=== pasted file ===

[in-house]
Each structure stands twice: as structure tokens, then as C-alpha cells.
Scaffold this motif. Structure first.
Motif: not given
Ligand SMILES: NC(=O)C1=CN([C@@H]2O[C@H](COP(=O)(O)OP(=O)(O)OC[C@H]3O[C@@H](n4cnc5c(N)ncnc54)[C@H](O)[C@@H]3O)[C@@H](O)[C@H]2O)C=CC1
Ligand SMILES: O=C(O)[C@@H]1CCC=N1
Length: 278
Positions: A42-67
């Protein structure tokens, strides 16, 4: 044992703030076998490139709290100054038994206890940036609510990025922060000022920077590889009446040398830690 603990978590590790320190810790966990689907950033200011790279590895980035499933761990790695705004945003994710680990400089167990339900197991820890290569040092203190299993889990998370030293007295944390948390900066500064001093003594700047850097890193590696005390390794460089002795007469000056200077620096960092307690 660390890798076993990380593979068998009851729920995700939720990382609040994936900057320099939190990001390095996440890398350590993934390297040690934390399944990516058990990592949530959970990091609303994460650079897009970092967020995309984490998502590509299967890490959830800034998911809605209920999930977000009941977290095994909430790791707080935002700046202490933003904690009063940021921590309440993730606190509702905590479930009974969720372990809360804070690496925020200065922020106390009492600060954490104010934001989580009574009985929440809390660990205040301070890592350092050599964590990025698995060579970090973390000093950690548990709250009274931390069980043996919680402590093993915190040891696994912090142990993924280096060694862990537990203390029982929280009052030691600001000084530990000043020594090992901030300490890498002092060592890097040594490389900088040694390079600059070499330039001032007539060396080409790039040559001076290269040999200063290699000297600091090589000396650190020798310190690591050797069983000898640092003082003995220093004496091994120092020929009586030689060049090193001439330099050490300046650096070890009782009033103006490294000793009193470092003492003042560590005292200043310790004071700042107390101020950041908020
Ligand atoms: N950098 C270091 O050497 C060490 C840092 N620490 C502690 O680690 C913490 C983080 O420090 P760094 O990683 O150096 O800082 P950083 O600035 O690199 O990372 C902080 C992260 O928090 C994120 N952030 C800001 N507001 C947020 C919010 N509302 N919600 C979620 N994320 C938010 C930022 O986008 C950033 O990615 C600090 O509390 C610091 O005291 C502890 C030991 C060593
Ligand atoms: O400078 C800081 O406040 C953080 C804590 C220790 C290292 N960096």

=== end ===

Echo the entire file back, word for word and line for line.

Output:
[in-house]
Each structure stands twice: as structure tokens, then as C-alpha cells.
Scaffold this motif. Structure first.
Motif: not given
Ligand SMILES: NC(=O)C1=CN([C@@H]2O[C@H](COP(=O)(O)OP(=O)(O)OC[C@H]3O[C@@H](n4cnc5c(N)ncnc54)[C@H](O)[C@@H]3O)[C@@H](O)[C@H]2O)C=CC1
Ligand SMILES: O=C(O)[C@@H]1CCC=N1
Length: 278
Positions: A42-67
């Protein structure tokens, strides 16, 4: 044992703030076998490139709290100054038994206890940036609510990025922060000022920077590889009446040398830690 603990978590590790320190810790966990689907950033200011790279590895980035499933761990790695705004945003994710680990400089167990339900197991820890290569040092203190299993889990998370030293007295944390948390900066500064001093003594700047850097890193590696005390390794460089002795007469000056200077620096960092307690 660390890798076993990380593979068998009851729920995700939720990382609040994936900057320099939190990001390095996440890398350590993934390297040690934390399944990516058990990592949530959970990091609303994460650079897009970092967020995309984490998502590509299967890490959830800034998911809605209920999930977000009941977290095994909430790791707080935002700046202490933003904690009063940021921590309440993730606190509702905590479930009974969720372990809360804070690496925020200065922020106390009492600060954490104010934001989580009574009985929440809390660990205040301070890592350092050599964590990025698995060579970090973390000093950690548990709250009274931390069980043996919680402590093993915190040891696994912090142990993924280096060694862990537990203390029982929280009052030691600001000084530990000043020594090992901030300490890498002092060592890097040594490389900088040694390079600059070499330039001032007539060396080409790039040559001076290269040999200063290699000297600091090589000396650190020798310190690591050797069983000898640092003082003995220093004496091994120092020929009586030689060049090193001439330099050490300046650096070890009782009033103006490294000793009193470092003492003042560590005292200043310790004071700042107390101020950041908020
Ligand atoms: N950098 C270091 O050497 C060490 C840092 N620490 C502690 O680690 C913490 C983080 O420090 P760094 O990683 O150096 O800082 P950083 O600035 O690199 O990372 C902080 C992260 O928090 C994120 N952030 C800001 N507001 C947020 C919010 N509302 N919600 C979620 N994320 C938010 C930022 O986008 C950033 O990615 C600090 O509390 C610091 O005291 C502890 C030991 C060593
Ligand atoms: O400078 C800081 O406040 C953080 C804590 C220790 C290292 N960096």